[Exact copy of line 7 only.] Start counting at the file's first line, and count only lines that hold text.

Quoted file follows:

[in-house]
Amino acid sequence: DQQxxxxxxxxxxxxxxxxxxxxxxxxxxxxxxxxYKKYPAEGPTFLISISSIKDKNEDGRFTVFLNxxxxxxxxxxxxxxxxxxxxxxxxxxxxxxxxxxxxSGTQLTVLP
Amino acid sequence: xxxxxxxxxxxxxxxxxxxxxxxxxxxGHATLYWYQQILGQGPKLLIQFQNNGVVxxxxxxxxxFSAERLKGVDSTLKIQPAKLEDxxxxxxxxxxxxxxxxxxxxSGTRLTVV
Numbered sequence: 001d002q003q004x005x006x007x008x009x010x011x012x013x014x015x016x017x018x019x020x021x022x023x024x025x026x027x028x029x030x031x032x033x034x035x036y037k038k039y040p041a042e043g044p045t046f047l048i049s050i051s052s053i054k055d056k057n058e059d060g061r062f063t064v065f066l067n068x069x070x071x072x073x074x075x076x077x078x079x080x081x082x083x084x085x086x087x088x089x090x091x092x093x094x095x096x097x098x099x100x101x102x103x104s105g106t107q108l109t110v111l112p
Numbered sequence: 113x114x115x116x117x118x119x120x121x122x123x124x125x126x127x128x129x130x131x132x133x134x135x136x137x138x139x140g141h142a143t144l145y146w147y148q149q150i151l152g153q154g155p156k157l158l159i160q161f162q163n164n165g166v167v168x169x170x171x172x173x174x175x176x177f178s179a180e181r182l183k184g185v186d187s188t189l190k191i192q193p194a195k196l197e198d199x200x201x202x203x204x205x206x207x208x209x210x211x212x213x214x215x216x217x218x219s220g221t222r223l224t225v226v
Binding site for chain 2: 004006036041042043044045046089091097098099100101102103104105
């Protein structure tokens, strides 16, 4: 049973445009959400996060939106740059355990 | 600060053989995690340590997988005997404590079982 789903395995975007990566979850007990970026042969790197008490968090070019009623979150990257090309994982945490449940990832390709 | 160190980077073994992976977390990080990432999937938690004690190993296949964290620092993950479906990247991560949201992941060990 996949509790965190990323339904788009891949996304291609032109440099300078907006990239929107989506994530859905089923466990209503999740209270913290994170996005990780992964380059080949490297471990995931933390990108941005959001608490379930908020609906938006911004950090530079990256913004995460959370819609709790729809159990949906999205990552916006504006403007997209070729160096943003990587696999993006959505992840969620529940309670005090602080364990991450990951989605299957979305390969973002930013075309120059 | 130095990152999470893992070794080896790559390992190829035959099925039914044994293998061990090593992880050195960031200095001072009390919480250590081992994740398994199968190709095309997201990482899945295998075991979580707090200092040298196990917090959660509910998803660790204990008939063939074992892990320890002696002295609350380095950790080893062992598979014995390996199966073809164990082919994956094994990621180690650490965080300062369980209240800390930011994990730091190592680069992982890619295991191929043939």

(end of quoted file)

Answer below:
């Protein structure tokens, strides 16, 4: 049973445009959400996060939106740059355990 | 600060053989995690340590997988005997404590079982 789903395995975007990566979850007990970026042969790197008490968090070019009623979150990257090309994982945490449940990832390709 | 160190980077073994992976977390990080990432999937938690004690190993296949964290620092993950479906990247991560949201992941060990 996949509790965190990323339904788009891949996304291609032109440099300078907006990239929107989506994530859905089923466990209503999740209270913290994170996005990780992964380059080949490297471990995931933390990108941005959001608490379930908020609906938006911004950090530079990256913004995460959370819609709790729809159990949906999205990552916006504006403007997209070729160096943003990587696999993006959505992840969620529940309670005090602080364990991450990951989605299957979305390969973002930013075309120059 | 130095990152999470893992070794080896790559390992190829035959099925039914044994293998061990090593992880050195960031200095001072009390919480250590081992994740398994199968190709095309997201990482899945295998075991979580707090200092040298196990917090959660509910998803660790204990008939063939074992892990320890002696002295609350380095950790080893062992598979014995390996199966073809164990082919994956094994990621180690650490965080300062369980209240800390930011994990730091190592680069992982890619295991191929043939």